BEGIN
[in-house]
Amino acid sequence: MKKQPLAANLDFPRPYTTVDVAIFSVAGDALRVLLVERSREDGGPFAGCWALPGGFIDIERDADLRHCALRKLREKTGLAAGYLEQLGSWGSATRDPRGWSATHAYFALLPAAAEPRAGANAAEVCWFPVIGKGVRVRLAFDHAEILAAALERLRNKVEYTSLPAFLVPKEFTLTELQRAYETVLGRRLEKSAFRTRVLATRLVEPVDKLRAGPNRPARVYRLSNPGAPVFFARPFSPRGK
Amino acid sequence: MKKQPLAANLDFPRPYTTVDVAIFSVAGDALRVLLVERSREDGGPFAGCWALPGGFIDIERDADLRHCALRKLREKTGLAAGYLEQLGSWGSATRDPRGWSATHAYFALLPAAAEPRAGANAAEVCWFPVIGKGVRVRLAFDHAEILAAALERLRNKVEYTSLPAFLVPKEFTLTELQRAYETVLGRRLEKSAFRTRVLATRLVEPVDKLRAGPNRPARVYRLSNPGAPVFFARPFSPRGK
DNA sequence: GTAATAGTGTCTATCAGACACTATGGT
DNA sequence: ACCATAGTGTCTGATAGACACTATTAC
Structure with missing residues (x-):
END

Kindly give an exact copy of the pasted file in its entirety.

[in-house]
Amino acid sequence: MKKQPLAANLDFPRPYTTVDVAIFSVAGDALRVLLVERSREDGGPFAGCWALPGGFIDIERDADLRHCALRKLREKTGLAAGYLEQLGSWGSATRDPRGWSATHAYFALLPAAAEPRAGANAAEVCWFPVIGKGVRVRLAFDHAEILAAALERLRNKVEYTSLPAFLVPKEFTLTELQRAYETVLGRRLEKSAFRTRVLATRLVEPVDKLRAGPNRPARVYRLSNPGAPVFFARPFSPRGK
Amino acid sequence: MKKQPLAANLDFPRPYTTVDVAIFSVAGDALRVLLVERSREDGGPFAGCWALPGGFIDIERDADLRHCALRKLREKTGLAAGYLEQLGSWGSATRDPRGWSATHAYFALLPAAAEPRAGANAAEVCWFPVIGKGVRVRLAFDHAEILAAALERLRNKVEYTSLPAFLVPKEFTLTELQRAYETVLGRRLEKSAFRTRVLATRLVEPVDKLRAGPNRPARVYRLSNPGAPVFFARPFSPRGK
DNA sequence: GTAATAGTGTCTATCAGACACTATGGT
DNA sequence: ACCATAGTGTCTGATAGACACTATTAC
Structure with missing residues (x-):